Saturday, May 3, 2014

Inside Man Review

There aren't too many examples of locked room mysteries in modern movies, but Inside Man gives us a great one.

The film follows Clive Owen's Dalton Russell as he pulls off "the perfect bank robbery". Russell is pitted against Detective Keith Frazer, a likeable and world-weary negotiator played by Denzel Washington.

Wasting no time getting to the crime itself, Inside Man shows us the action from both inside and outside the bank. Russell and his team of thieves manage the hostages and execute their plan as Frazer and co. set up perimeters on the surrounding streets.

The plot features two mysteries - one the viewer is privy to, and one that we're not. The first centres on Dalton's team. (Minor spoiler) By dressing each of the hostages in identical clothing and continually rotating people within small groups, each member of the team is verified as a hostage by members of the group. When the team exits the bank alongside the hostages the police have no way to differentiate criminal from innocent. It's a clever mechanic that makes us ask the more pertinent question - if each member of the team escapes without any loot, then how can they actually rob the bank? (End of minor spoiler)

This leads in to the second mystery, which is strongly hinted at but not revealed until the end of the movie. While the solution isn't completely original (for example the methodology also featured in Jonathan Creek s01e02), the bank setting and assistance from Dalton's team does maintain the novelty.

The method of robbing the bank is an intriguing concept, but it is Washington's Detective Frazer that steals the show. Frazer is our "Watson", following events with the audience and trying to piece together Dalton's plan. Often this role is delegated to a less intelligent character to maintain the mystery for the viewer, however Frazer is far from dumb. He quickly realises that following procedure is exactly what the robbers are looking for, while turning Jodie Foster's calculating influence to his advantage.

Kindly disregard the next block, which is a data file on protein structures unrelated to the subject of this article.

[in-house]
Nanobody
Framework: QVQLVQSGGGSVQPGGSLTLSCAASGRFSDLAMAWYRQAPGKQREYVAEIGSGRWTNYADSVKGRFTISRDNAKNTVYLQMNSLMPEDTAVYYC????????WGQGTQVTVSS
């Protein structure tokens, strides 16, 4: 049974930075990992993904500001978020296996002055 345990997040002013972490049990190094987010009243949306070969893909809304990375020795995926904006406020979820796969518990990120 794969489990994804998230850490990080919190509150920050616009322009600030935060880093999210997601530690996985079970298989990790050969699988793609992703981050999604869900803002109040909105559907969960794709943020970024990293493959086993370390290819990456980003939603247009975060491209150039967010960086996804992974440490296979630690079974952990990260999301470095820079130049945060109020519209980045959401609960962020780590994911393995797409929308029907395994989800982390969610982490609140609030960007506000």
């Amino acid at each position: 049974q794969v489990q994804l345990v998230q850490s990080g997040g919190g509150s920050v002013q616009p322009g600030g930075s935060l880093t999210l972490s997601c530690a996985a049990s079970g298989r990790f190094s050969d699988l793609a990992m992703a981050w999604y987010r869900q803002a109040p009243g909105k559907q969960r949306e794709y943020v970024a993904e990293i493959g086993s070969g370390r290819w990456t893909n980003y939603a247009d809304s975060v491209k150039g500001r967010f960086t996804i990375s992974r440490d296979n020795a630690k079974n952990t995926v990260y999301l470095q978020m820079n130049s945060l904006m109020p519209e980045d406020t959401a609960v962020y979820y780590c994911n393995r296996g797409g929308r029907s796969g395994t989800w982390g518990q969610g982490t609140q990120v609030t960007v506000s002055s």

The cast are strong throughout, though Clive Owen's tends to mumble with a wavering American accent (a trait that is only exacerbated by the fact that he is wearing a mask for the majority of the movie). Supporting roles from Jodie Foster, Christopher Plummer and Willem Defoe add pedigree to proceedings, and the ever reliable Washington wisecracks with ease.

The tone of the movie wobbles a little towards the end, trying to blend the more traditional bank heist vibe with detective noir. It is much more successful mixing in the semi-political scheming of Foster's Madeline White, and perhaps should have toned down a little of Spike Lee's directing flair.

All told Inside Man is a solid bank heist thriller, using techniques from the locked room genre to add intrigue to the drama.

7/10 - High production values and a heist method worthy of it.

Inside Man is available on DVD from Amazon (UK) and Amazon (US).

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